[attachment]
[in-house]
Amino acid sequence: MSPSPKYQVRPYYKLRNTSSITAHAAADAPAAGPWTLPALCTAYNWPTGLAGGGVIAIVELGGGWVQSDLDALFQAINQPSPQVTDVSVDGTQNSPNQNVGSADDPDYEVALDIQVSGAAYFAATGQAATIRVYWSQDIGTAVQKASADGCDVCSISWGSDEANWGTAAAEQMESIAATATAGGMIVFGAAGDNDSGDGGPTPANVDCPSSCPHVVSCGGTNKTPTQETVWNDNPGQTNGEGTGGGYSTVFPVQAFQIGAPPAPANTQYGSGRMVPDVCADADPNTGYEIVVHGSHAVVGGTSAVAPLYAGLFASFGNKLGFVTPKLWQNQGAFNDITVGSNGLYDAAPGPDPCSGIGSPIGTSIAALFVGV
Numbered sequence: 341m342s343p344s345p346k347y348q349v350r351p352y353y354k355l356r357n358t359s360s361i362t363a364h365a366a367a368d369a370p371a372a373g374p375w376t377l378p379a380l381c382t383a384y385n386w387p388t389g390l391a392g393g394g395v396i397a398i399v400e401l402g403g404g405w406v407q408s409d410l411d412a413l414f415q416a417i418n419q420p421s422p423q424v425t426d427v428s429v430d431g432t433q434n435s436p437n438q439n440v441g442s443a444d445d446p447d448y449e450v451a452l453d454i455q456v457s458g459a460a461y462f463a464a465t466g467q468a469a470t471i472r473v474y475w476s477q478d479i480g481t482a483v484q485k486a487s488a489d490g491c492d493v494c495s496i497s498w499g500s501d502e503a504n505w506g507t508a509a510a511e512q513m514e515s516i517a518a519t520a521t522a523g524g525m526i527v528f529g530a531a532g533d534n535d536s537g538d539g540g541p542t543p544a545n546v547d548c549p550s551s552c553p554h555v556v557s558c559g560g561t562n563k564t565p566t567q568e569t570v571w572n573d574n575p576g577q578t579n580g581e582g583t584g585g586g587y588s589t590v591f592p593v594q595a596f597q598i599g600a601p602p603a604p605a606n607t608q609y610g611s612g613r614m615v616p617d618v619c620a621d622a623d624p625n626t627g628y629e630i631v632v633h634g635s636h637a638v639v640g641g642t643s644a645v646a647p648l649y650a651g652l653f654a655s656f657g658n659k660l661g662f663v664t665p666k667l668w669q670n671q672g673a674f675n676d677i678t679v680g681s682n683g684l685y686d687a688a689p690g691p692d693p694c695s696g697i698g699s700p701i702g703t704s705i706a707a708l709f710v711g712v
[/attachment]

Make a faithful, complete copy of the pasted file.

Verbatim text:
[in-house]
Amino acid sequence: MSPSPKYQVRPYYKLRNTSSITAHAAADAPAAGPWTLPALCTAYNWPTGLAGGGVIAIVELGGGWVQSDLDALFQAINQPSPQVTDVSVDGTQNSPNQNVGSADDPDYEVALDIQVSGAAYFAATGQAATIRVYWSQDIGTAVQKASADGCDVCSISWGSDEANWGTAAAEQMESIAATATAGGMIVFGAAGDNDSGDGGPTPANVDCPSSCPHVVSCGGTNKTPTQETVWNDNPGQTNGEGTGGGYSTVFPVQAFQIGAPPAPANTQYGSGRMVPDVCADADPNTGYEIVVHGSHAVVGGTSAVAPLYAGLFASFGNKLGFVTPKLWQNQGAFNDITVGSNGLYDAAPGPDPCSGIGSPIGTSIAALFVGV
Numbered sequence: 341m342s343p344s345p346k347y348q349v350r351p352y353y354k355l356r357n358t359s360s361i362t363a364h365a366a367a368d369a370p371a372a373g374p375w376t377l378p379a380l381c382t383a384y385n386w387p388t389g390l391a392g393g394g395v396i397a398i399v400e401l402g403g404g405w406v407q408s409d410l411d412a413l414f415q416a417i418n419q420p421s422p423q424v425t426d427v428s429v430d431g432t433q434n435s436p437n438q439n440v441g442s443a444d445d446p447d448y449e450v451a452l453d454i455q456v457s458g459a460a461y462f463a464a465t466g467q468a469a470t471i472r473v474y475w476s477q478d479i480g481t482a483v484q485k486a487s488a489d490g491c492d493v494c495s496i497s498w499g500s501d502e503a504n505w506g507t508a509a510a511e512q513m514e515s516i517a518a519t520a521t522a523g524g525m526i527v528f529g530a531a532g533d534n535d536s537g538d539g540g541p542t543p544a545n546v547d548c549p550s551s552c553p554h555v556v557s558c559g560g561t562n563k564t565p566t567q568e569t570v571w572n573d574n575p576g577q578t579n580g581e582g583t584g585g586g587y588s589t590v591f592p593v594q595a596f597q598i599g600a601p602p603a604p605a606n607t608q609y610g611s612g613r614m615v616p617d618v619c620a621d622a623d624p625n626t627g628y629e630i631v632v633h634g635s636h637a638v639v640g641g642t643s644a645v646a647p648l649y650a651g652l653f654a655s656f657g658n659k660l661g662f663v664t665p666k667l668w669q670n671q672g673a674f675n676d677i678t679v680g681s682n683g684l685y686d687a688a689p690g691p692d693p694c695s696g697i698g699s700p701i702g703t704s705i706a707a708l709f710v711g712v